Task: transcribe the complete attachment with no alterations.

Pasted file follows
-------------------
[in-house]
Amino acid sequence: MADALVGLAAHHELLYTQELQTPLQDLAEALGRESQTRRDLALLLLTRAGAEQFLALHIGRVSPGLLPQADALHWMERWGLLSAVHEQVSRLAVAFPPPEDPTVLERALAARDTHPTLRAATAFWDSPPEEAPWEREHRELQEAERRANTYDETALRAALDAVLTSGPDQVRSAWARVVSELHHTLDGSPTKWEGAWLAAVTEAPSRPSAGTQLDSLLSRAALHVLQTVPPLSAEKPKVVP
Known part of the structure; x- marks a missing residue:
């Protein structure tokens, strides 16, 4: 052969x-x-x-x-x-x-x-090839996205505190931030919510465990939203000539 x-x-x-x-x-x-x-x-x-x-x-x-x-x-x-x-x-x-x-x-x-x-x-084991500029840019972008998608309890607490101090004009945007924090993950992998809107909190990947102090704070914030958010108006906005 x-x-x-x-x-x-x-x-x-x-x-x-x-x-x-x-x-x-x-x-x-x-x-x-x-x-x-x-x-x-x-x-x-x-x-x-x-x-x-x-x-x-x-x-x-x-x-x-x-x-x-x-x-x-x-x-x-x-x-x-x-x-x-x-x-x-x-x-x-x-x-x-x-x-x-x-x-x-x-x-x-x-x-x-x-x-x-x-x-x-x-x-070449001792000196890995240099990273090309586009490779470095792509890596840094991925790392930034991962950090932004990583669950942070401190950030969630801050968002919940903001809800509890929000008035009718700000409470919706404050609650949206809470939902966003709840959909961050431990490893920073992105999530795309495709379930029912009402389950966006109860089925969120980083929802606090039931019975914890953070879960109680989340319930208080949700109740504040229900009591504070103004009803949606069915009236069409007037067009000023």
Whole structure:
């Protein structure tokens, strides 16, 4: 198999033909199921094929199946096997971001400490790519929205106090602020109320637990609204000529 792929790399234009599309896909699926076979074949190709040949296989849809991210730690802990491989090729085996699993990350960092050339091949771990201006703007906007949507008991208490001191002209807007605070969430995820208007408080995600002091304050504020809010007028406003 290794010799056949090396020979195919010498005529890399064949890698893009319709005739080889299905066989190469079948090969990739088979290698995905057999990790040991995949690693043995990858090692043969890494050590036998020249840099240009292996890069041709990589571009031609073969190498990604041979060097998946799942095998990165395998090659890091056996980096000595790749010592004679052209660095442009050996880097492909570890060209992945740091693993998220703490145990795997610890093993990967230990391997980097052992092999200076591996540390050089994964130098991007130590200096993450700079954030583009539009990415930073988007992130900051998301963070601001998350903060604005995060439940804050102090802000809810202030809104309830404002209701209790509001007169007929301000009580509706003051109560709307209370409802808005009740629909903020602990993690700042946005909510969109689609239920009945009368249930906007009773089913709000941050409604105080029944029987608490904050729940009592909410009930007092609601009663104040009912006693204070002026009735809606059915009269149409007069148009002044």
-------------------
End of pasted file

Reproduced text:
[in-house]
Amino acid sequence: MADALVGLAAHHELLYTQELQTPLQDLAEALGRESQTRRDLALLLLTRAGAEQFLALHIGRVSPGLLPQADALHWMERWGLLSAVHEQVSRLAVAFPPPEDPTVLERALAARDTHPTLRAATAFWDSPPEEAPWEREHRELQEAERRANTYDETALRAALDAVLTSGPDQVRSAWARVVSELHHTLDGSPTKWEGAWLAAVTEAPSRPSAGTQLDSLLSRAALHVLQTVPPLSAEKPKVVP
Known part of the structure; x- marks a missing residue:
């Protein structure tokens, strides 16, 4: 052969x-x-x-x-x-x-x-090839996205505190931030919510465990939203000539 x-x-x-x-x-x-x-x-x-x-x-x-x-x-x-x-x-x-x-x-x-x-x-084991500029840019972008998608309890607490101090004009945007924090993950992998809107909190990947102090704070914030958010108006906005 x-x-x-x-x-x-x-x-x-x-x-x-x-x-x-x-x-x-x-x-x-x-x-x-x-x-x-x-x-x-x-x-x-x-x-x-x-x-x-x-x-x-x-x-x-x-x-x-x-x-x-x-x-x-x-x-x-x-x-x-x-x-x-x-x-x-x-x-x-x-x-x-x-x-x-x-x-x-x-x-x-x-x-x-x-x-x-x-x-x-x-x-070449001792000196890995240099990273090309586009490779470095792509890596840094991925790392930034991962950090932004990583669950942070401190950030969630801050968002919940903001809800509890929000008035009718700000409470919706404050609650949206809470939902966003709840959909961050431990490893920073992105999530795309495709379930029912009402389950966006109860089925969120980083929802606090039931019975914890953070879960109680989340319930208080949700109740504040229900009591504070103004009803949606069915009236069409007037067009000023």
Whole structure:
């Protein structure tokens, strides 16, 4: 198999033909199921094929199946096997971001400490790519929205106090602020109320637990609204000529 792929790399234009599309896909699926076979074949190709040949296989849809991210730690802990491989090729085996699993990350960092050339091949771990201006703007906007949507008991208490001191002209807007605070969430995820208007408080995600002091304050504020809010007028406003 290794010799056949090396020979195919010498005529890399064949890698893009319709005739080889299905066989190469079948090969990739088979290698995905057999990790040991995949690693043995990858090692043969890494050590036998020249840099240009292996890069041709990589571009031609073969190498990604041979060097998946799942095998990165395998090659890091056996980096000595790749010592004679052209660095442009050996880097492909570890060209992945740091693993998220703490145990795997610890093993990967230990391997980097052992092999200076591996540390050089994964130098991007130590200096993450700079954030583009539009990415930073988007992130900051998301963070601001998350903060604005995060439940804050102090802000809810202030809104309830404002209701209790509001007169007929301000009580509706003051109560709307209370409802808005009740629909903020602990993690700042946005909510969109689609239920009945009368249930906007009773089913709000941050409604105080029944029987608490904050729940009592909410009930007092609601009663104040009912006693204070002026009735809606059915009269149409007069148009002044």